Dear Valued Customer,

As per the judgement laid down by Deputy Chief Justice, Raymond Zondo, particularly with regards to the ‘personal use’ statute and the Constitutional Court view with regards to Cannabis for personal use is,

The South African Police Service (SAPS) is still tasked with upholding laws relating to the use of cannabis and any other contraband.

The judgement which was handed down by Deputy Chief Justice, Raymond Zondo, states that adults are now legally allowed to grow, use and cultivate cannabis on their own property.

Legislation and stipulation around allowed quantities have yet to be determined and confirmed, however the transportation, distribution and selling of cannabis and contraband remains illegal.

Obviously, there are clear-cut situations which denote the differences between private use and possession with the intention to sell. This remains the decision of the Government and SAPS to investigate and prosecute accordingly.

There is a definite grey area in-between, where police will be left to use their own discretion and until such time as the ruling party outlines definite protocol regarding quantity and quality, SAPS officers are forced to apply reason, which was confirmed by Chief Zondo.

The courts will still process members of the public flagged and arrested by the police on suspicion of possessing cannabis or other contraband with the intention to sell and the exact same applies to the cultivation of the plant.

Chief Zondo’s judgement explicitly notes that while the private personal use of cannabis is “decriminalised”, any use of cannabis outside of this stringent mandate is still illegal and punishable by law.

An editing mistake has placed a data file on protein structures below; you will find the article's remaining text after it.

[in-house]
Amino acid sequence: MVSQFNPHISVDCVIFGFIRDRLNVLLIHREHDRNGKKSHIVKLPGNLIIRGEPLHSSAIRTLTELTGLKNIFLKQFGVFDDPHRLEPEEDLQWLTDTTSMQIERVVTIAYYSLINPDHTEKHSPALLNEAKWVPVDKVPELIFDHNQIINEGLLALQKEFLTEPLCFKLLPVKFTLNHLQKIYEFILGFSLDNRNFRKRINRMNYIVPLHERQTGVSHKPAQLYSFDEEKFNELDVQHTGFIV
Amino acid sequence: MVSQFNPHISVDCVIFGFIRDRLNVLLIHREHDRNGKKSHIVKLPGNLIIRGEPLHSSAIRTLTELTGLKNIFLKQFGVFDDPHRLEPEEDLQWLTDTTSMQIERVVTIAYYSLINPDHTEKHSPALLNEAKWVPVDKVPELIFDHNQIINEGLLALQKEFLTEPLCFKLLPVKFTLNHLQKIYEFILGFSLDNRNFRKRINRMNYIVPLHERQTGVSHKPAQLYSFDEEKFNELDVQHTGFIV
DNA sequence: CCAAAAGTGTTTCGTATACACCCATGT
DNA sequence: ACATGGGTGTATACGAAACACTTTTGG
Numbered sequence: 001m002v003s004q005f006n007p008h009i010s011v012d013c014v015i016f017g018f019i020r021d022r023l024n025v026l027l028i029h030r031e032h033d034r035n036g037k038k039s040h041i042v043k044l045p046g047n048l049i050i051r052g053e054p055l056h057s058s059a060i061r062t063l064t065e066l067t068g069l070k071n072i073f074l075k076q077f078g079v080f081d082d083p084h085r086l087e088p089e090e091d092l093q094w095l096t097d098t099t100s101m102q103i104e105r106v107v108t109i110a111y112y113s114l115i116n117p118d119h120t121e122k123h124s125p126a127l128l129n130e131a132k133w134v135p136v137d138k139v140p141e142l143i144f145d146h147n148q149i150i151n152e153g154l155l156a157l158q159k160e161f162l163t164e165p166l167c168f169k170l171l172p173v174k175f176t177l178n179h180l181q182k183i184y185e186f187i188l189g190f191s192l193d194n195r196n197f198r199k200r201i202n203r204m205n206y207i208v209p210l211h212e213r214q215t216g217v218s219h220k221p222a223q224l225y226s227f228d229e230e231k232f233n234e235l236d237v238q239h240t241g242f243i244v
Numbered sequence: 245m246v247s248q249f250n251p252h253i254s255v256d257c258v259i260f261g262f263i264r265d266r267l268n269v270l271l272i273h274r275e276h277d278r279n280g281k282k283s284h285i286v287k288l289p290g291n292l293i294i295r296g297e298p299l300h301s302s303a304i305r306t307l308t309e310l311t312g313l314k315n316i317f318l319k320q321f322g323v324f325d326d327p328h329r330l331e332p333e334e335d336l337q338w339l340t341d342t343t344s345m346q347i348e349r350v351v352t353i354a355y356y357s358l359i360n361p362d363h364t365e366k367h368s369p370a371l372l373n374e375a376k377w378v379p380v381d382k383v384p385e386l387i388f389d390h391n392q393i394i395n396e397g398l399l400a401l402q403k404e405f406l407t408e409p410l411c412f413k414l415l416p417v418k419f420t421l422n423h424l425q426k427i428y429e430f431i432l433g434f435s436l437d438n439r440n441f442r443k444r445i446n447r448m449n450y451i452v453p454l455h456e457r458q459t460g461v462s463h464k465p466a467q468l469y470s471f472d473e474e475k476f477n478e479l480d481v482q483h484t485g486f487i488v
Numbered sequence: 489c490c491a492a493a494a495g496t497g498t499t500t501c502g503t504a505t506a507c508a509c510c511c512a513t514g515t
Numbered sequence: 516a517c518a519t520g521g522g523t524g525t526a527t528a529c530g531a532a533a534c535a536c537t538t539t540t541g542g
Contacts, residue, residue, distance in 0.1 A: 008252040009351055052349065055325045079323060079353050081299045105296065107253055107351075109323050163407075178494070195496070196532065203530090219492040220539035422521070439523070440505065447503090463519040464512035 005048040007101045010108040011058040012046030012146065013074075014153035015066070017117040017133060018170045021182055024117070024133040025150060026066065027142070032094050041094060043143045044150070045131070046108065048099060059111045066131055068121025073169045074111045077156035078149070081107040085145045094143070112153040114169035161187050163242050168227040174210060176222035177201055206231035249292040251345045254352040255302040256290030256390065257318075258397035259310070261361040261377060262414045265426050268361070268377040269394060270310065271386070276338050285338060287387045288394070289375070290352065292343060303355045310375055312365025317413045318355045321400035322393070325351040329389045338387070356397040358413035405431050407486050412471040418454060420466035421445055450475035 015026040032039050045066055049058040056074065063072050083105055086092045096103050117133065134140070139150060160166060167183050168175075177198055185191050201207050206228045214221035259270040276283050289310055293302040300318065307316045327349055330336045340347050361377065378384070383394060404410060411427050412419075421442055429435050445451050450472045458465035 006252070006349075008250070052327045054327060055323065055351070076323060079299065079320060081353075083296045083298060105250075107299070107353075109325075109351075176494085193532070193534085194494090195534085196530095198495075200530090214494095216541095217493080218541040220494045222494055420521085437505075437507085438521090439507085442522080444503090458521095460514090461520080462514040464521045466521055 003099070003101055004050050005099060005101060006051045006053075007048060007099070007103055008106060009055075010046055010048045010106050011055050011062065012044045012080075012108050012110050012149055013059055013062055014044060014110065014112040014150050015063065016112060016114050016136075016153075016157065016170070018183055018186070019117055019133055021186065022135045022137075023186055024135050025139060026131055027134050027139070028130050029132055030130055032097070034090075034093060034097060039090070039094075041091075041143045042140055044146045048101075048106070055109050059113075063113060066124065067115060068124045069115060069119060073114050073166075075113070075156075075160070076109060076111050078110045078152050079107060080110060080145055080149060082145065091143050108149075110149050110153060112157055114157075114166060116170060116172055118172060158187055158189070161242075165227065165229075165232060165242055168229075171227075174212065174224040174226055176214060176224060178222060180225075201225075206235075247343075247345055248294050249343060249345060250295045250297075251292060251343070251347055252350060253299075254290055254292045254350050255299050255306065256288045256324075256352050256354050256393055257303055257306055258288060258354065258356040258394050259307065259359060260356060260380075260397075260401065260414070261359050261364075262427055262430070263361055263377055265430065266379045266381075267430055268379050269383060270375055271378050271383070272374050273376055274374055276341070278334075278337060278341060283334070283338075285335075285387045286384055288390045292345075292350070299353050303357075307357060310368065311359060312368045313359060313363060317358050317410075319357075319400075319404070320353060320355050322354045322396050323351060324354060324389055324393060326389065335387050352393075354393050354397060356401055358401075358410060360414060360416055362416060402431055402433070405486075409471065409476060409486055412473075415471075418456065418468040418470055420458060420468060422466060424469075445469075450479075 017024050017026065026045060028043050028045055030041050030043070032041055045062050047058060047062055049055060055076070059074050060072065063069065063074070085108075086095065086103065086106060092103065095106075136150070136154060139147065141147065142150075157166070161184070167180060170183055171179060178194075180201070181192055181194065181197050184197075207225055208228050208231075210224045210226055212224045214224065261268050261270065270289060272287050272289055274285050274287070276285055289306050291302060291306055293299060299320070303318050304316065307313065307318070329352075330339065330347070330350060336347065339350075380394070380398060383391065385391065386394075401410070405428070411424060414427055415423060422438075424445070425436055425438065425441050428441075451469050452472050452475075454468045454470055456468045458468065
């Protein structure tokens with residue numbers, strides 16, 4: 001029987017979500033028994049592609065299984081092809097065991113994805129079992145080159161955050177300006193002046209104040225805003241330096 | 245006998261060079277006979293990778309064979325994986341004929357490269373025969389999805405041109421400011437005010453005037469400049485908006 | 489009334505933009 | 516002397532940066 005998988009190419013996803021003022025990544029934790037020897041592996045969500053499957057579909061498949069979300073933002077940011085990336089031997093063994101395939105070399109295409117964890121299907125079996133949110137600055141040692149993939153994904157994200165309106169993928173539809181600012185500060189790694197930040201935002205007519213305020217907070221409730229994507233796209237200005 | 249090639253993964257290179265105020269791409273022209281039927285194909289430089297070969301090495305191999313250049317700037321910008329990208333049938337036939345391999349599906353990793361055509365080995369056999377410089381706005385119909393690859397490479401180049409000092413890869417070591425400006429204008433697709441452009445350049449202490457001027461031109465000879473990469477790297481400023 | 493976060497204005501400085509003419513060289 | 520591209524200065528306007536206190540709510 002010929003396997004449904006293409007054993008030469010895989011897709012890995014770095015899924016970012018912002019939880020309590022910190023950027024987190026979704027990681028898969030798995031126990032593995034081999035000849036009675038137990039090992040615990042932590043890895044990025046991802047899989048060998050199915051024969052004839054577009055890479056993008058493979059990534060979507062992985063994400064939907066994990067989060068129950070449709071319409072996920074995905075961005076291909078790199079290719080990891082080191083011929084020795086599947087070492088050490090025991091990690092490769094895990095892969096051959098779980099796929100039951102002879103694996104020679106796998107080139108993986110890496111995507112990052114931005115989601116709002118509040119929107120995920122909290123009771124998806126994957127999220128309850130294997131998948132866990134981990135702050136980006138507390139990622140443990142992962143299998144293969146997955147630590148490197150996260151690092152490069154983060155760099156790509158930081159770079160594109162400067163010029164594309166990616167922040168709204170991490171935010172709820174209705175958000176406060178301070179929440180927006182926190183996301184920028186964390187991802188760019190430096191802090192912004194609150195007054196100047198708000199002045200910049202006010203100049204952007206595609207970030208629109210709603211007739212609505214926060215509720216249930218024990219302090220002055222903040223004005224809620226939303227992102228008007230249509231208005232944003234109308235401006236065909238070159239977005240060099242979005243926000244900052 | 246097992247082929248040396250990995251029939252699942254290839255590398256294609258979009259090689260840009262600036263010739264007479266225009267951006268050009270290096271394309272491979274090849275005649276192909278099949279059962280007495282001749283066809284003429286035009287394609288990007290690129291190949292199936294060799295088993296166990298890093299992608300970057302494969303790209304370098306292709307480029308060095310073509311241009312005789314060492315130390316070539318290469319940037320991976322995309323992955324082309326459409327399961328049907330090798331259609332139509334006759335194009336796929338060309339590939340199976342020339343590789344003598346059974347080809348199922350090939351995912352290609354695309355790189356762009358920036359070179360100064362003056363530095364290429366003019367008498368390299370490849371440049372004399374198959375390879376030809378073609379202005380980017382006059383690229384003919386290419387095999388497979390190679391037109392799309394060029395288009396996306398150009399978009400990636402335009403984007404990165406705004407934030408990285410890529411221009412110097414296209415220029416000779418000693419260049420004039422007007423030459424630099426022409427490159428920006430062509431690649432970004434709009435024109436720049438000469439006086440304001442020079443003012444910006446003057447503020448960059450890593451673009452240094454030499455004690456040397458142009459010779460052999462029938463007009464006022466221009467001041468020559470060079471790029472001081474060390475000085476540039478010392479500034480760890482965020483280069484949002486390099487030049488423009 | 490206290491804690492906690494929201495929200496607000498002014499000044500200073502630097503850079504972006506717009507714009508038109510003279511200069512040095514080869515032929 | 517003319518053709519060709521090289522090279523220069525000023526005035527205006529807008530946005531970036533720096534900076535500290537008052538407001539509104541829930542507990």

Based on the above-mentioned and the fact that our Company must comply with all regulatory bodies, Aramex South Africa management has taken the decision NOT to engage in the transportation of any contraband, except cannabis oil for medical purposes, only when supported by a doctor’s recommendation or letter, and in allowed quantities.

In addition to the above, your attention is drawn to Aramex South Africa’s standard terms and conditions, which is accepted when concluding the agreement with Aramex South Africa, terms and conditions, include inter alia the following,

3.3 If any such Goods are delivered to Aramex, whether or not in breach of the provisions of clause 3.1, Aramex may destroy or otherwise deal with such Goods as it in its discretion deems fit at the risk and expense of the Customer. The Customer indemnifies Aramex against all loss, liability or damage caused to Aramex as a result of the tender of such Goods to Aramex.

4.1 Where it is necessary for an examination to be held or other action to be taken by Aramex in respect of any discrepancy in the Goods which are landed or discharged from any vehicle, vessel or aircraft, no responsibility shall attach to Aramex for any failure to hold such examination or to take any other action unless Aramex has been timeously advised by the landing or discharging agent that such Goods have been landed and that such a discrepancy exists.

Therefore the burden of proof will be upon yourself (“the client”) to convince the SAPS that your confiscated commodity shipment of Cannabis is for personal use and falls within the ambit of the definition “medicinal cannabis”.

We would further like to draw your attention to the fact that Aramex South Africa is legally compelled to comply with regulatory safety rules and regulations and as such all major offices are regularly inspected through the means of physical searches and the use of K9 dog units for illegal substances as well as explosive materials. Such shipments found to be in contravention of the aforementioned terms and conditions will be handed over to Customs and Excise (SARS) and SAPS. Once handed over the matter is now legally between yourself (“the client”) and SAPS.

Aramex rights are reserved.


DS Britz

Chief Compliance Officer